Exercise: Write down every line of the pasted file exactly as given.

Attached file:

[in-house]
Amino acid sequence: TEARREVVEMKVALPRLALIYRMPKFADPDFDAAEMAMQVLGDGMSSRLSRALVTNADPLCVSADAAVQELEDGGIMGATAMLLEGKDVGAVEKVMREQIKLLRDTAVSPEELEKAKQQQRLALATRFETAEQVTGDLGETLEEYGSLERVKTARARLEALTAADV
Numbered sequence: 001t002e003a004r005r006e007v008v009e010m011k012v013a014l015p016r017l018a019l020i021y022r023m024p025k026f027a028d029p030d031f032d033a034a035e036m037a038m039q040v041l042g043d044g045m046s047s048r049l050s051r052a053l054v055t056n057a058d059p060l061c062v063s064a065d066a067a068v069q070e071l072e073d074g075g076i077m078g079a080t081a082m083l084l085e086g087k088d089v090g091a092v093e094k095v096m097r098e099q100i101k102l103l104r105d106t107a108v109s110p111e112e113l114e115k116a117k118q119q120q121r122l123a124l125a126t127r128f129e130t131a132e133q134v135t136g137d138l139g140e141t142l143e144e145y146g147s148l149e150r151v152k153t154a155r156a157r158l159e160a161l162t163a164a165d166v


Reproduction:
[in-house]
Amino acid sequence: TEARREVVEMKVALPRLALIYRMPKFADPDFDAAEMAMQVLGDGMSSRLSRALVTNADPLCVSADAAVQELEDGGIMGATAMLLEGKDVGAVEKVMREQIKLLRDTAVSPEELEKAKQQQRLALATRFETAEQVTGDLGETLEEYGSLERVKTARARLEALTAADV
Numbered sequence: 001t002e003a004r005r006e007v008v009e010m011k012v013a014l015p016r017l018a019l020i021y022r023m024p025k026f027a028d029p030d031f032d033a034a035e036m037a038m039q040v041l042g043d044g045m046s047s048r049l050s051r052a053l054v055t056n057a058d059p060l061c062v063s064a065d066a067a068v069q070e071l072e073d074g075g076i077m078g079a080t081a082m083l084l085e086g087k088d089v090g091a092v093e094k095v096m097r098e099q100i101k102l103l104r105d106t107a108v109s110p111e112e113l114e115k116a117k118q119q120q121r122l123a124l125a126t127r128f129e130t131a132e133q134v135t136g137d138l139g140e141t142l143e144e145y146g147s148l149e150r151v152k153t154a155r156a157r158l159e160a161l162t163a164a165d166v